The course is given in the second semester,
Monday 14:00-16:0 and Thursday
9-10, Shenkar Physics 204
The aim of this course is that the student, given an
scientific question, will determine the observations needed to answer
the question, form an observing program, select the platform, plan the
observations and analyse the data. The class is required for all
and recommended for theorists who want to know how much to believe
Most references are on the Web and will be linked to here. Among
physical books, Kitchen's Observational Techniques (in the Library) and
Cox's Astrophysical Quantities are always good to have.
The grade will be based on exercises and the final exam, probably
- The Celestial Sphere. Terrestrial, Solar, and Galactic
setting. Signal Degradation
- The Phase Space Of Astronomical Measurment. The EM Spectrum. The
- Basic Photometry:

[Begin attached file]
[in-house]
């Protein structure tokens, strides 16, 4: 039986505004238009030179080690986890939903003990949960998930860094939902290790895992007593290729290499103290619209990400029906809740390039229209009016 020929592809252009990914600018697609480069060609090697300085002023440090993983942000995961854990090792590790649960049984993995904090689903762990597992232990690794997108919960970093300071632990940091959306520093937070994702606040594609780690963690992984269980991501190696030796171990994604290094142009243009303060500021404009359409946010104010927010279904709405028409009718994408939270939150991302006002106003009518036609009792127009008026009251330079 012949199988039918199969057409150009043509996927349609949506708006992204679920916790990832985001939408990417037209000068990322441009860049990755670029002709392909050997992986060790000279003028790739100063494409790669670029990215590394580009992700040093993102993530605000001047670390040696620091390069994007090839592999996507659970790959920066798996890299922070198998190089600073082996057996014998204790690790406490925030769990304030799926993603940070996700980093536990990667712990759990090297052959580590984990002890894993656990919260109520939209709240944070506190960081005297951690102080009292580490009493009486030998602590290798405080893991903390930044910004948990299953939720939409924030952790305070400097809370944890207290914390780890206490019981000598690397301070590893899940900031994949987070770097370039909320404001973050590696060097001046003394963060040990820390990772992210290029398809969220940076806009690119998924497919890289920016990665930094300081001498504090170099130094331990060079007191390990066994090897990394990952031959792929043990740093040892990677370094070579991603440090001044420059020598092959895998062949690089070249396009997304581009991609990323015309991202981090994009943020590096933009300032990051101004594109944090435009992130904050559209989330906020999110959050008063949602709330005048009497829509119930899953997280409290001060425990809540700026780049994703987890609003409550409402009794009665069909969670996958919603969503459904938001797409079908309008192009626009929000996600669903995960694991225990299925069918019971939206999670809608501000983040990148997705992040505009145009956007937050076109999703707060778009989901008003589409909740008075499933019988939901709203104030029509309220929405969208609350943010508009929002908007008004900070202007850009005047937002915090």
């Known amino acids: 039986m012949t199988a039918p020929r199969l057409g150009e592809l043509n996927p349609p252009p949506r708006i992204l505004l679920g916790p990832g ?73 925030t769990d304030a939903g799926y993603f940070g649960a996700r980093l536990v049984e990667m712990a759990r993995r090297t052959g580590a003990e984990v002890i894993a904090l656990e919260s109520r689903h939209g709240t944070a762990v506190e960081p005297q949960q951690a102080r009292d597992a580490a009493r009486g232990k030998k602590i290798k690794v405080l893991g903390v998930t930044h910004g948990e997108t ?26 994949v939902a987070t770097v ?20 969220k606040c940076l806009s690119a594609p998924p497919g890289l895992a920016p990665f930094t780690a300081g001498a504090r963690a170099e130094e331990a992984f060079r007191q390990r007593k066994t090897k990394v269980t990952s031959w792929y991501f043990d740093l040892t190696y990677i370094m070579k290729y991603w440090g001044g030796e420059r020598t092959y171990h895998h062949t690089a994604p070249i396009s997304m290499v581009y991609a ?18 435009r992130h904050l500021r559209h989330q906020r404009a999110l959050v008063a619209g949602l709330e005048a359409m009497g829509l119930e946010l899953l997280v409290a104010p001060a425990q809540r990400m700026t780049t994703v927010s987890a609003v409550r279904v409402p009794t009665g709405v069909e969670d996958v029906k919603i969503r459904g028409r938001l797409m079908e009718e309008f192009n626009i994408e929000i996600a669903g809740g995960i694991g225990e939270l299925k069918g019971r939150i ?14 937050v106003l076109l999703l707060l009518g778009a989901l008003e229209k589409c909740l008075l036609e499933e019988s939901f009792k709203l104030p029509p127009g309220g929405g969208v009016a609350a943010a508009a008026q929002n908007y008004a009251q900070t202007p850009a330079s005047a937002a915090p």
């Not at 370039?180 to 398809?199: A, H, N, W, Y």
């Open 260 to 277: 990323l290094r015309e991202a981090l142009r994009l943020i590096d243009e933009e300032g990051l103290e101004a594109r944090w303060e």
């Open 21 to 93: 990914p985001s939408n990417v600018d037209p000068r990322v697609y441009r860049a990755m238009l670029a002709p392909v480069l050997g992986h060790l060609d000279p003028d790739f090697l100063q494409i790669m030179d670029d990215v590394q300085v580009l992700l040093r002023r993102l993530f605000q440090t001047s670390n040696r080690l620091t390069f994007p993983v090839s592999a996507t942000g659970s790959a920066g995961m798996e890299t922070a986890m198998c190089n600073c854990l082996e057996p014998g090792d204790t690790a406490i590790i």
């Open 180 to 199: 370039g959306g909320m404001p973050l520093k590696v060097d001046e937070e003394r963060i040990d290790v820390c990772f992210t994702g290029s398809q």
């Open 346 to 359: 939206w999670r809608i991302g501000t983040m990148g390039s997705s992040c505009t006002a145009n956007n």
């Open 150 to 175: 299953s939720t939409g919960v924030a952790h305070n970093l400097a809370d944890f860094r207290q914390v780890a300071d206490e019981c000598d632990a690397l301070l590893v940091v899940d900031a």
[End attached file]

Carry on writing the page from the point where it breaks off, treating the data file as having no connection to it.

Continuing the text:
- Bands, filters, S/N, calibration.
- Optical detectors: the eye, photographic plates, CCDs and beyond.
- Shorter than optical: UV, X-ray, Gamma ray detectors and
- Longer than optical, single antenna systems: detectors and
special techniques for infrared and millimeter.
- Interferometers, mostly radio and IR.
- Basic Spectroscopy:
- Resolution, Spectral Range, Calibration
- Filters, Prisms, and Gratings
- Data Mining, Statistics, The Great Observatories
Reading (will be updated throughout course)
Optics. Lectures 9 and 10, especially.
Old but Good
very detailed IR Array reference
, which are possibly the single
most important piece of optics in all of physcs, so check it out.
Set 1--Due March 21
Set 2--Due April 13
Set 3--Due June 2